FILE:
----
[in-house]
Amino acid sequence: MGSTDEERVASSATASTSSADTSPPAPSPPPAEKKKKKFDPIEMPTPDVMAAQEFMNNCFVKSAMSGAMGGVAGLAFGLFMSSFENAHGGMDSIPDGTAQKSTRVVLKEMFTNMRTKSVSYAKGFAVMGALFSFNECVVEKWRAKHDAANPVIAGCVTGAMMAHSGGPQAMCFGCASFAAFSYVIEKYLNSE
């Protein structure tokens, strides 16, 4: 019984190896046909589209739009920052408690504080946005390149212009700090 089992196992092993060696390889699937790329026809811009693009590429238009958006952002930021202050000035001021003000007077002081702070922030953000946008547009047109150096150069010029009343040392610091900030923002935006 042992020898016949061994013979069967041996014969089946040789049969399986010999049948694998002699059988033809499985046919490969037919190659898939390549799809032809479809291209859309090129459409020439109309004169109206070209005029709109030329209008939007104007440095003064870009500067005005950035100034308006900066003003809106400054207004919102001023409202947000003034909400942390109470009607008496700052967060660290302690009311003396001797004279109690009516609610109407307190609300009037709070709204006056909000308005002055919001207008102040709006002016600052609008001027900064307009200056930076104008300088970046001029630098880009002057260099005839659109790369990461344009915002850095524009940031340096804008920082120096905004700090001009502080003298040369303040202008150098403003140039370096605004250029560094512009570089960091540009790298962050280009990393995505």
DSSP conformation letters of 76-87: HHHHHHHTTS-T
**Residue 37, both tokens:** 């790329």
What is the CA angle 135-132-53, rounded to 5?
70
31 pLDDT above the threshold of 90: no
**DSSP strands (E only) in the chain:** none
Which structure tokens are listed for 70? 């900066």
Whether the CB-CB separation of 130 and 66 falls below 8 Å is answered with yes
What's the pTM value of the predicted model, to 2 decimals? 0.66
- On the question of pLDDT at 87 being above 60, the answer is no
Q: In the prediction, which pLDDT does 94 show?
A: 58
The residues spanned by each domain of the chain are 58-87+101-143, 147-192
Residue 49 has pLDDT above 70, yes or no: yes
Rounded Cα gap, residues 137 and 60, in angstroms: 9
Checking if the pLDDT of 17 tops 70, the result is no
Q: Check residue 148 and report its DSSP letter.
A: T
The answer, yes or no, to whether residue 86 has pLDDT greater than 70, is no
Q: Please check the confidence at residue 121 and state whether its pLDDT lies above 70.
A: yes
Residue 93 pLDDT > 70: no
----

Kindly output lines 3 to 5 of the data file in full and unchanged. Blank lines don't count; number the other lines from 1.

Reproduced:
């Protein structure tokens, strides 16, 4: 019984190896046909589209739009920052408690504080946005390149212009700090 089992196992092993060696390889699937790329026809811009693009590429238009958006952002930021202050000035001021003000007077002081702070922030953000946008547009047109150096150069010029009343040392610091900030923002935006 042992020898016949061994013979069967041996014969089946040789049969399986010999049948694998002699059988033809499985046919490969037919190659898939390549799809032809479809291209859309090129459409020439109309004169109206070209005029709109030329209008939007104007440095003064870009500067005005950035100034308006900066003003809106400054207004919102001023409202947000003034909400942390109470009607008496700052967060660290302690009311003396001797004279109690009516609610109407307190609300009037709070709204006056909000308005002055919001207008102040709006002016600052609008001027900064307009200056930076104008300088970046001029630098880009002057260099005839659109790369990461344009915002850095524009940031340096804008920082120096905004700090001009502080003298040369303040202008150098403003140039370096605004250029560094512009570089960091540009790298962050280009990393995505």
DSSP conformation letters of 76-87: HHHHHHHTTS-T
**Residue 37, both tokens:** 């790329």